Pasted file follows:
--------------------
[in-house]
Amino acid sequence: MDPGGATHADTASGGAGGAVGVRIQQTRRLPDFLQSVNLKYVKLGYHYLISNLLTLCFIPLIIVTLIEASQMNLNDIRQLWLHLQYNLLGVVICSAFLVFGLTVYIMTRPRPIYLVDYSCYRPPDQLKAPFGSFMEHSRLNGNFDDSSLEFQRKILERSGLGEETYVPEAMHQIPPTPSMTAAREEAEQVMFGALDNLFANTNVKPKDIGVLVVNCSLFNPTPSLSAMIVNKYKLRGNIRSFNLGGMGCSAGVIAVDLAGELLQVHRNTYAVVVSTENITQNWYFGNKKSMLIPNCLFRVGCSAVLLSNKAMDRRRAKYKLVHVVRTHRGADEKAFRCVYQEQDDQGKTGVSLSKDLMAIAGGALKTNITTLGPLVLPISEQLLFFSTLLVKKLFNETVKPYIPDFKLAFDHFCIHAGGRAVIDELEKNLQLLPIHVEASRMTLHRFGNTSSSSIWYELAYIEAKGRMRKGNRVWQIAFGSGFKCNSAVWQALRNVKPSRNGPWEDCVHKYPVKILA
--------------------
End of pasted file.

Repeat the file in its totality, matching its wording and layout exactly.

[in-house]
Amino acid sequence: MDPGGATHADTASGGAGGAVGVRIQQTRRLPDFLQSVNLKYVKLGYHYLISNLLTLCFIPLIIVTLIEASQMNLNDIRQLWLHLQYNLLGVVICSAFLVFGLTVYIMTRPRPIYLVDYSCYRPPDQLKAPFGSFMEHSRLNGNFDDSSLEFQRKILERSGLGEETYVPEAMHQIPPTPSMTAAREEAEQVMFGALDNLFANTNVKPKDIGVLVVNCSLFNPTPSLSAMIVNKYKLRGNIRSFNLGGMGCSAGVIAVDLAGELLQVHRNTYAVVVSTENITQNWYFGNKKSMLIPNCLFRVGCSAVLLSNKAMDRRRAKYKLVHVVRTHRGADEKAFRCVYQEQDDQGKTGVSLSKDLMAIAGGALKTNITTLGPLVLPISEQLLFFSTLLVKKLFNETVKPYIPDFKLAFDHFCIHAGGRAVIDELEKNLQLLPIHVEASRMTLHRFGNTSSSSIWYELAYIEAKGRMRKGNRVWQIAFGSGFKCNSAVWQALRNVKPSRNGPWEDCVHKYPVKILA